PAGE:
Tuesday, 28 July 2009

Closer to home

Being grounded for a couple of weeks still presents opportunities. I used the time to judge the Mike Haywood Poetry Competition 2009. An interesting proposition since all the entrants had to live, work or study within a twenty mile radius of Rotherham. However, the geographical limitations did not compromise the imagination and skill of the entries and I was pleased to select some worthy winners and highly commend a couple more.

In an earlier blog I mentioned going for a walk and seeing a white satin moth - the whites of both the moth and pupae are easily spotted in the fields. Thanks to local moth recorder Peter Krischkiw for sending me a photo of one. It's amazing how many different moths he gets in his garden - hundreds. And maybe you have hundreds too. Why not make a simple moth trap and find out?

In the garden I've seen the green sheens of at least three new broods of great and blue tits emerge over the season, and also two broods of coal tits, a young nuthatch and a couple of young speckled robins.

In the shed a wood mouse is munching on the bird food before I put it in the bird feeders. It's nibbled through very substantial plastic tubs to steal!

Coal Tits by Mike Atkinson - see the link in the side bar to his wonderful site.

Sunday, 19 July 2009

Is it a good idea

to post a poem I've written a very short time ago? I certainly wouldn't submit one to a magazine unless it had been hidden for a week or two and been through several redrafts.

However, here's a poem written in a few minutes last night after reading Coastcard's comment that she would like to hear more about Norfolk. A line added to it this morning when I woke to the call of it in my head. (I'll let you guess which one it was....) The clich├ęs are, of course, entirely intentional. And I expect I'll edit it when I start typing it below... Can't resist!

Norfolk Poppies

They seem to grow uninvited now,
bright distractions amongst our daily bread,
scarlet skirts fluttering, flouncing in the sun,
creating lawless charges through the fields
yet managing to damage scarcely anything at all.
Their fecklessness wipes a smile across a stuffy day,
and scatters taste across the table as, despite ourselves,
we take our hungry bites from poppy-seeded bread.

Image copied from www.freefoto.com

Saturday, 18 July 2009

An evening stroll

I enjoyed an evening stroll with Chorley NATS earlier this week along the River Yarrow (Eccleston - Croston). Sometimes we found ouselves wading waist high though grass, Indian balsam and nettles; other times we were just wading through cows. An enjoyanle walk in the company of people with a range of interests: butterflies & moths, flowers and birds.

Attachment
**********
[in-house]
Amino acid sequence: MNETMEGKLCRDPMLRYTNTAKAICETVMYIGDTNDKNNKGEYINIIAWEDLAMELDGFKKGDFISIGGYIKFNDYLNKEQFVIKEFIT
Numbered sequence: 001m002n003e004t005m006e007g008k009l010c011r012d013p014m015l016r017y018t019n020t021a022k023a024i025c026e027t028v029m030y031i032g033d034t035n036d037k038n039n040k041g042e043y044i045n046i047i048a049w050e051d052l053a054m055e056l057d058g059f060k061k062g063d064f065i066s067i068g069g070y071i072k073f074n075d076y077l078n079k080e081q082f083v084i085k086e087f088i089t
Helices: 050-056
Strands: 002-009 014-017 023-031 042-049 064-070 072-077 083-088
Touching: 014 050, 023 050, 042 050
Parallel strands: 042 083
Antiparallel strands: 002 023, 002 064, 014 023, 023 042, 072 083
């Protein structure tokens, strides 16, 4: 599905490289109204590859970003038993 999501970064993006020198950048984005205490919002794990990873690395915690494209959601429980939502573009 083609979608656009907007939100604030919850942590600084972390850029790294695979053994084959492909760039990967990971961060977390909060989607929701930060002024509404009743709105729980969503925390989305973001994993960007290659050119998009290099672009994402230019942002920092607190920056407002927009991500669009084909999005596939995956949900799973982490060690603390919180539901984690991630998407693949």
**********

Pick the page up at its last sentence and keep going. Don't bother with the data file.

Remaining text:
It was lovely to hear several yellowhammers singing and whitethroat too. And a summer evening wouldn't be complete without house martin, swallows, swift and sand martins too sweeping over the pastures.

Amongst the vegetation green-veined white, meadow brown, comma and small tortoiseshell butterflies and an ermine moth. Also spotted were azure damselfly and banded demoiselle.

These photos from the walk were taken by Chris Rae. Click on them to enlarge.

Oh, and tawny owls have been heard very
close to, if not in, our garden several nights this week. Yeah!

Sunday, 12 July 2009

Tern Raft at Yarrow Valley Park

In between hospital visiting, I finally managed to see the terns at Yarrow Valley Park. The raft has a gravel base and chicken wire sides (to keep off gulls etc) and was placed there earlier this year.

This morning I was pleased to see two chicks, the youngest spending most of its time tucked under mum, while dad was busy flying the length of the lodge catching and bringing back small fish. At point a buzzard flew over and, to my horror, both mum and dad flew off to mob it, leaving the chicks alone with black-headed gulls and magpies around.... Anyway, mum came back and all was well. I have to say, that although you can see the chicks when they are standing, the moment they crouch they become invisible against the gravel.

I also saw a pair of grebes building another nest. The female seems to be incubating since she wasn't moving at all. The male, busy bringing all manner of nesting materials and placing them in front, behind and alongside the female, was having himself and all his offerings resolutely ignored . Oh dear... or perhaps another case of post coitum omne animal triste est?

The house martins, on the other hand, were anything but sad. A group of six flew in to have a drink and joyful fly around.

To learn more about the raft go to http://www.chorleynats.org.uk/ternraft.php
Photos of common tern and great crested grebe by Mike Atkinson http://mikeatkinson.net

Sunday, 5 July 2009

Orchids in the Dunes

Yesterday I joined Chorley NATS on a field trip lead by Peter Gateley to explore Ainsdale Dunes. We saw how sea couch-grass (which can withstand salt water) traps the sand to create small dunes so that the fresh water Marran grass can establish itself and create much higher dunes behind it. We also saw sea lyme-grass.

The range of habitats within the dunes is amazing ranging from sand to marsh. Plants included common spotted, pyramidal (left) and early marsh orchids and marsh helleborines (below).

In addition to the orchids, we saw grass of parnassus (left), sea and Portland spurges, common and sea centaury (rare), marsh cinqfoil (below) and many other fascinating plants.

I also got a taste for dewberries (similar to blackberries).

Photo of dunes copied from http://flickr.com/photos/66909027@N00/3626420633
All orchid photos are by Peter Burford and copied from www.communigate.co.uk/hants/snhs/php9RGmRT

Other flower photos from www.british-wild-flowers.co.uk
Photo of dewberries copied from Wikipedia.

from the field book

from the field book
An inspiring gift for anyone who enjoys watching nature.